Cleaning than restoration in today’s sense can be spoken of until the early 1950s and cleaning was not performed by protection of substance experts, either but by museologists. This fact and the inconvenient storing conditions resulted in the devastation of part of the collection, mostly of that of the valuable ethnographic material.
A significant step forward was taken in 1952 when caretaker György Asztalos trained himself to become a restorer. The next turn came in 1962 when the museums of the county were handed over to be maintained by Békés County Council. Actually, the network of the county’s museums had been established by that time. By a decree of legal force of 1963, the Munkácsy Mihály Museum was awarded the rank of county museum and its condition was significantly improved as compared to previous ones. The dynamic development of the Museum Organization, initiated in 1967, resulted in a relatively rapid expansion of personnel, which was mostly concentrated in the Békéscsaba museum. Considering the fact that our restorers also had to perform county tasks, it cannot be said that the formation of the scientific personnel was accompanied by an adequate increase of the technical personnel. The issue of expanding the museum was raised as early as in the 1950s and it seemed a pressing necessity in the 1960s. The situation in the 1970s is well characterized by a report of a People’s Control Committee: “the ground-space of the restorer’s workshop is so small that the work conditions for two restorers are not provided for. In my expert’s opinion, the condition of the restorer’s workshop is the worst in the country.”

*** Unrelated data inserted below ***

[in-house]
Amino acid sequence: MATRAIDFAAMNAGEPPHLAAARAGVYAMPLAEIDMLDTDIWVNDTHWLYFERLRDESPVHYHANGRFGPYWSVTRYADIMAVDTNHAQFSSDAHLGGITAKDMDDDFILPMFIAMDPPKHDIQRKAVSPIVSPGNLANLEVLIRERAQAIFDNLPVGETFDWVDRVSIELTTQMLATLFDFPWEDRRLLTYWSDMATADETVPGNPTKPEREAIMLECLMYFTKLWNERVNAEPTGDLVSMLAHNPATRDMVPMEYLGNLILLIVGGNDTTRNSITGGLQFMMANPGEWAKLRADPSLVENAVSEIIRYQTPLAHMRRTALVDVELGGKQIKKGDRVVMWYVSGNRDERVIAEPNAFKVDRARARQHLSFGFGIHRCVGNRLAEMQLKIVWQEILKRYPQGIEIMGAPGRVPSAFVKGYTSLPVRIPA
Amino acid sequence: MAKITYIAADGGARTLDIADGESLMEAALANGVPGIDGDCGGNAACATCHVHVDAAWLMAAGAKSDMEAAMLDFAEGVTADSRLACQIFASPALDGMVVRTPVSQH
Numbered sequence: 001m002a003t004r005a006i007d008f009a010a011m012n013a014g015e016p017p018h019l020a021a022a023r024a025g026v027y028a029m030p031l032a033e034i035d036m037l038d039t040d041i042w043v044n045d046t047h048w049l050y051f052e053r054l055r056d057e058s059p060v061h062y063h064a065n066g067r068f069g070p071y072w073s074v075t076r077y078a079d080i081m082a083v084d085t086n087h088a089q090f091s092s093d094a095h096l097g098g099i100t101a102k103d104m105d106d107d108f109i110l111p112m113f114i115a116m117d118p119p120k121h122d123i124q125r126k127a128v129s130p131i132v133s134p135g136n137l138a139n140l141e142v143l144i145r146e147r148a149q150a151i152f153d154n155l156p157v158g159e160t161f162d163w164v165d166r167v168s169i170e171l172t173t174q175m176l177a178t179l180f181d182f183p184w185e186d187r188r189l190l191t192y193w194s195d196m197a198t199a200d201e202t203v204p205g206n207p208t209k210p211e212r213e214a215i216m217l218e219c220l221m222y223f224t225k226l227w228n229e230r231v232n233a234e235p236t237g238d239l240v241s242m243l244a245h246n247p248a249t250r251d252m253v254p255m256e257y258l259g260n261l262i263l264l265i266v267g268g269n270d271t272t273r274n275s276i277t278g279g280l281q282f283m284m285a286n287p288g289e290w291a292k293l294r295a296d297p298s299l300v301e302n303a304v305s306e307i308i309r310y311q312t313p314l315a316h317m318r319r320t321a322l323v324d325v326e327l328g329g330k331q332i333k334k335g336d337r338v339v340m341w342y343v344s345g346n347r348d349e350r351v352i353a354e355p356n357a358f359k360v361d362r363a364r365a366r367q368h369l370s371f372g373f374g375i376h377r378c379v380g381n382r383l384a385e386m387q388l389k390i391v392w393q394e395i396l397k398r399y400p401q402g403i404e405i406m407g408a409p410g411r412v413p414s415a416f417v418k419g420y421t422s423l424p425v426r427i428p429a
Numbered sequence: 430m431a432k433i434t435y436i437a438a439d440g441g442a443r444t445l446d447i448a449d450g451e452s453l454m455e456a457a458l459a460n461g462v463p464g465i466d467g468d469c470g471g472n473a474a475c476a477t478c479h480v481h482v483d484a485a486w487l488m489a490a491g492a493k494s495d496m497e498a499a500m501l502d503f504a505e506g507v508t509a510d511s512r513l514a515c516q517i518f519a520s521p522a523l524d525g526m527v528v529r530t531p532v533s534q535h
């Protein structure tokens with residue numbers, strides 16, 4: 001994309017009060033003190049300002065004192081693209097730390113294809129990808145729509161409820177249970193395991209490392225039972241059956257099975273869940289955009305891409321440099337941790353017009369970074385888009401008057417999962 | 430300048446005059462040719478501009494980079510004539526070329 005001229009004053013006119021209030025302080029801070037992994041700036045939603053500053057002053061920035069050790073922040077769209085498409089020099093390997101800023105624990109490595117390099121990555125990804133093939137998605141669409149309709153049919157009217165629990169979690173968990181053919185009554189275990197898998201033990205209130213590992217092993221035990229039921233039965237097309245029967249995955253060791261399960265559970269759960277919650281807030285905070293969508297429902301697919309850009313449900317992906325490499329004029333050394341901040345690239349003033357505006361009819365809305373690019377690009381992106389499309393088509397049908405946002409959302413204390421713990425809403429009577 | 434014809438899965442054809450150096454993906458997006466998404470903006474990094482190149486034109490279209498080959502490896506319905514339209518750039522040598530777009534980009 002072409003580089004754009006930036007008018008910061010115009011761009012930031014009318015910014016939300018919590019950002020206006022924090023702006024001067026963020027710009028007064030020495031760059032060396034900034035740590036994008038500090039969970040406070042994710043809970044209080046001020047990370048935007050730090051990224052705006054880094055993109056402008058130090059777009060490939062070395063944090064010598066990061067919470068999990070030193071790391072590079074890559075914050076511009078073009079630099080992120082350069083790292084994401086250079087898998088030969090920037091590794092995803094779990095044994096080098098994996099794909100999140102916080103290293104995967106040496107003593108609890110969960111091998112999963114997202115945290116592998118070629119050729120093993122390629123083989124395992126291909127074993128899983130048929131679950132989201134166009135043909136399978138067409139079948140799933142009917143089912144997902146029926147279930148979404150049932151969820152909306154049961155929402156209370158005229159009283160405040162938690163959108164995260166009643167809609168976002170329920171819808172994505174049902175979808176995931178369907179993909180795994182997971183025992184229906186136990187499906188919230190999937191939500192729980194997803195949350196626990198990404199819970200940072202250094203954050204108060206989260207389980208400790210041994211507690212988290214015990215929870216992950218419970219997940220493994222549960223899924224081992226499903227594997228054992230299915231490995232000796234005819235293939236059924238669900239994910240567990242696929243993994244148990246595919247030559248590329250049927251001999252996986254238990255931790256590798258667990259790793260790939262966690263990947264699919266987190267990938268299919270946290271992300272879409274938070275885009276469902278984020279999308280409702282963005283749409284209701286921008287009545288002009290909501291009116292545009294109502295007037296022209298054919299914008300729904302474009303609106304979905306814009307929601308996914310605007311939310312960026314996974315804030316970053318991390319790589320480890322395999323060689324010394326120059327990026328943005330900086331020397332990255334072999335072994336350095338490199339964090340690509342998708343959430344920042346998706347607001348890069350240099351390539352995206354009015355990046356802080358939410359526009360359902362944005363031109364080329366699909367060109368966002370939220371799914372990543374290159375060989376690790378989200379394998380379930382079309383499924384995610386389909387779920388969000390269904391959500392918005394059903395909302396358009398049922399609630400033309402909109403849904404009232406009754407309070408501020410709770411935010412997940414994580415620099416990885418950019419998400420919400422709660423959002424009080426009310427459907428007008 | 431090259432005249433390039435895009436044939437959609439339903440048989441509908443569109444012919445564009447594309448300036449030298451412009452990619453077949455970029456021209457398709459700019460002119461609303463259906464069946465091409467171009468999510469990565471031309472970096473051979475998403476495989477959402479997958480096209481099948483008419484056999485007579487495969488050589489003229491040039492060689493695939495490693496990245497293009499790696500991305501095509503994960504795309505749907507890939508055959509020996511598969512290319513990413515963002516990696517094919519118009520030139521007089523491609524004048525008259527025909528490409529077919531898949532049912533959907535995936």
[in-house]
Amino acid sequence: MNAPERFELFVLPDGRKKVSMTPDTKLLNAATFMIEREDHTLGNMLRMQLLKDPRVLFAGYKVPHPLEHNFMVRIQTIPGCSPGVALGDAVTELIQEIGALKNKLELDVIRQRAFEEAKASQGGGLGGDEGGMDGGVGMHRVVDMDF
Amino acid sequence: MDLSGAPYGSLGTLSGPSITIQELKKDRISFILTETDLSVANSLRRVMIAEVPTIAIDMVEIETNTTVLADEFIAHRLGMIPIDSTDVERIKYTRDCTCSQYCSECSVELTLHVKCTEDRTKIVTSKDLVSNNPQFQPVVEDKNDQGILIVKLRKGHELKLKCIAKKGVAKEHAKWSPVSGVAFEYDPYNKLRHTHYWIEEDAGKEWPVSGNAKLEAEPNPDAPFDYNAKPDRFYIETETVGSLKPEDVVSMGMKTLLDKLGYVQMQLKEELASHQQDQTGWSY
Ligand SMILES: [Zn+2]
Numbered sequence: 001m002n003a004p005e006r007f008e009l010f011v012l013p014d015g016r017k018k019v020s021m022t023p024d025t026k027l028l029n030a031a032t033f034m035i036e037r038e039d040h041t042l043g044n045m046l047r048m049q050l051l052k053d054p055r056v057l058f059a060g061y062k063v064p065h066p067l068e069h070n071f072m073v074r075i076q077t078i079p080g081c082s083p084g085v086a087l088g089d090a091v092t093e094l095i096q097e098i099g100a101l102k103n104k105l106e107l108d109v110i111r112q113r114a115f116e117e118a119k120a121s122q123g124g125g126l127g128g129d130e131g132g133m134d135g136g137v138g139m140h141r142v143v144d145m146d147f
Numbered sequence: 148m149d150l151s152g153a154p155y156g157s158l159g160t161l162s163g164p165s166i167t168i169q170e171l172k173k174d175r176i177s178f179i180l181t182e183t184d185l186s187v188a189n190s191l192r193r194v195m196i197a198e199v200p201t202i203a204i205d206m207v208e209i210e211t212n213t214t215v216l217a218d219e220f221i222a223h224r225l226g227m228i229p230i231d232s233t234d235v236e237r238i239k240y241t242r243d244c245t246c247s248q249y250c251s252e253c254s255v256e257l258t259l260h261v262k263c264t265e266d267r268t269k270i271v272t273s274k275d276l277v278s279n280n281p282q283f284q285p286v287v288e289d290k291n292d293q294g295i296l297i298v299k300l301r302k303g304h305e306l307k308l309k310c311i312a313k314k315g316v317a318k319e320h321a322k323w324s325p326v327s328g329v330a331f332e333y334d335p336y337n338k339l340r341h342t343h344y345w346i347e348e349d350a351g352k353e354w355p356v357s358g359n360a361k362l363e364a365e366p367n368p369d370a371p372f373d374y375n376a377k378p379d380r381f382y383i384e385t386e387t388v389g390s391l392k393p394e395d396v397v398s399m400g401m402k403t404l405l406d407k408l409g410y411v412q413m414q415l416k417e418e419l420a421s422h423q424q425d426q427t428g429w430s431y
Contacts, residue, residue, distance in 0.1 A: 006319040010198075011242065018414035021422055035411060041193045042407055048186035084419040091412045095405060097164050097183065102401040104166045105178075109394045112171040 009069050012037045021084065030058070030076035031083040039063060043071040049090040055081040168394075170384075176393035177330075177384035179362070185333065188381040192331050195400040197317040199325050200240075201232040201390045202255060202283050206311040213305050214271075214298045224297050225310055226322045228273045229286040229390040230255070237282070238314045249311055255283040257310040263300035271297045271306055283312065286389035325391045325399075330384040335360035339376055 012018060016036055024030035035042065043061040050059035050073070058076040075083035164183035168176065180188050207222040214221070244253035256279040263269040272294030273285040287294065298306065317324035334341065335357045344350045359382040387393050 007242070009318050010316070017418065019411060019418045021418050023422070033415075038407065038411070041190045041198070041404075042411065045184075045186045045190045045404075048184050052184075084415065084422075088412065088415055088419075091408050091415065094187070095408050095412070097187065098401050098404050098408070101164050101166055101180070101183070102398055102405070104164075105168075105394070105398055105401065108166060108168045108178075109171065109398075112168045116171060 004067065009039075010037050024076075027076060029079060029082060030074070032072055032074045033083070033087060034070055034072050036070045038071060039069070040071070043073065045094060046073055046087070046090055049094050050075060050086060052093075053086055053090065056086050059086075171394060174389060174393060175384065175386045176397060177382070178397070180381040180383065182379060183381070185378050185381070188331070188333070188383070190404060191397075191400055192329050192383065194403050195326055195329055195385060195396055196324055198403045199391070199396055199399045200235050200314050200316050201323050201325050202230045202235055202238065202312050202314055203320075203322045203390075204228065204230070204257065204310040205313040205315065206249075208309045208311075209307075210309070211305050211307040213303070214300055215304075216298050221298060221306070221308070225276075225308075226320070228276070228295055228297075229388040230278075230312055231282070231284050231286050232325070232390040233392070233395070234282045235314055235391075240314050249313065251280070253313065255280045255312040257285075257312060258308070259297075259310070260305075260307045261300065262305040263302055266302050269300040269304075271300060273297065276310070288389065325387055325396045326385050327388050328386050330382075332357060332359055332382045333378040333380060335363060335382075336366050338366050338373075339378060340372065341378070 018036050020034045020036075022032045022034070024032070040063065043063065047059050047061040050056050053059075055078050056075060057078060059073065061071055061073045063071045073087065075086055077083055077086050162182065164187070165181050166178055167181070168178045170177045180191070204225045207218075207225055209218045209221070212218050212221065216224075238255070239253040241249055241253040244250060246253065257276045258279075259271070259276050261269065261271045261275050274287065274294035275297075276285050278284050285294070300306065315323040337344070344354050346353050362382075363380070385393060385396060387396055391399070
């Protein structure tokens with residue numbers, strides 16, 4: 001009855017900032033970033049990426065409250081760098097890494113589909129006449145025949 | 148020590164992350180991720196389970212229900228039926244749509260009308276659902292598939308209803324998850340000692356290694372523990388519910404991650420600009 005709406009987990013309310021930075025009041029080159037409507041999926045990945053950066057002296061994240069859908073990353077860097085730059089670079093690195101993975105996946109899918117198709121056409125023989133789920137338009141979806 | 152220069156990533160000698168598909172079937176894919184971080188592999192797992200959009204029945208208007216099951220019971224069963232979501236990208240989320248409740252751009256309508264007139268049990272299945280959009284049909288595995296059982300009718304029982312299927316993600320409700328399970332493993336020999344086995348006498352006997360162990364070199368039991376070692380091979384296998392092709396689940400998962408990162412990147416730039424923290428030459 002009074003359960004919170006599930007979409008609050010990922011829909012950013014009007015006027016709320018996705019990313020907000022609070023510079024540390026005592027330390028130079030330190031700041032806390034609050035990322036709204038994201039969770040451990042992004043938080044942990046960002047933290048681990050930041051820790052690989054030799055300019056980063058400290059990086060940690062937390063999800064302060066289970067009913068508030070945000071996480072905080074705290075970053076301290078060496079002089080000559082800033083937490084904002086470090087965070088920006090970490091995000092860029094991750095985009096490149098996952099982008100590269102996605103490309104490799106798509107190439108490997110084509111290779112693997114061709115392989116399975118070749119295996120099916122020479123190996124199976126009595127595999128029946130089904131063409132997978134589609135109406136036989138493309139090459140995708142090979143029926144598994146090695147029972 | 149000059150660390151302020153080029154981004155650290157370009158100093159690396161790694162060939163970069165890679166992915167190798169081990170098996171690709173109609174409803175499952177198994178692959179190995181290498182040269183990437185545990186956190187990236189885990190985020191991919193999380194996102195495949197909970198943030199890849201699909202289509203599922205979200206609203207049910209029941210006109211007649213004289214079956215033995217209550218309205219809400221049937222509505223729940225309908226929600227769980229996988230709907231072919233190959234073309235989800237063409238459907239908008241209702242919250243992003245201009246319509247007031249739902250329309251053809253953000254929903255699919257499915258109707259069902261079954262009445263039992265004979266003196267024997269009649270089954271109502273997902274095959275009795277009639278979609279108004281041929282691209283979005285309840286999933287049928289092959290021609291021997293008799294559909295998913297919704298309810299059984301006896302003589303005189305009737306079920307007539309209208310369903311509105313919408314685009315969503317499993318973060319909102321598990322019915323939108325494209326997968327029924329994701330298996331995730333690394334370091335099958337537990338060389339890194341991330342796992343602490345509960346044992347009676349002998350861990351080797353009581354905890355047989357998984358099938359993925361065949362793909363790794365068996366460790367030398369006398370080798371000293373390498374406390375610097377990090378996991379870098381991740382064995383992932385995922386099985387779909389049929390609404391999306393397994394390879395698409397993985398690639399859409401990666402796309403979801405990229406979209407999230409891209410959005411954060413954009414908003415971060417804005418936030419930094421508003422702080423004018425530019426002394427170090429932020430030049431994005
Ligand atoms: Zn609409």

The issue of enlarging the museum came out of a deadlock when Békés County Council passed a resolution of the establishment of a new national museum which was going to be organically integral with Munkácsy Mihály Museum. The new wing, where the restorer’s workshop consisting of two rooms was also placed, was inaugurated on August 12th, 1978. At the time, the technical assistance staff was also increased, so, by the end of 1975, three restorers worked for the Department of Archaeology and Protection of Substance. Those working in restoration became an independent group from the late 1980s on to become an independent department in 1997.
The year of 1998 was a milestone with improving storing conditions and enlarging the ground-space of the restorer’s workshop since it was then that the stack-room base in Fábry street was inaugurated. In the meantime, the number of the restorers was increased to four. The new establishment made it possible that wood restoration which required a great deal of space be accomplished in better conditions.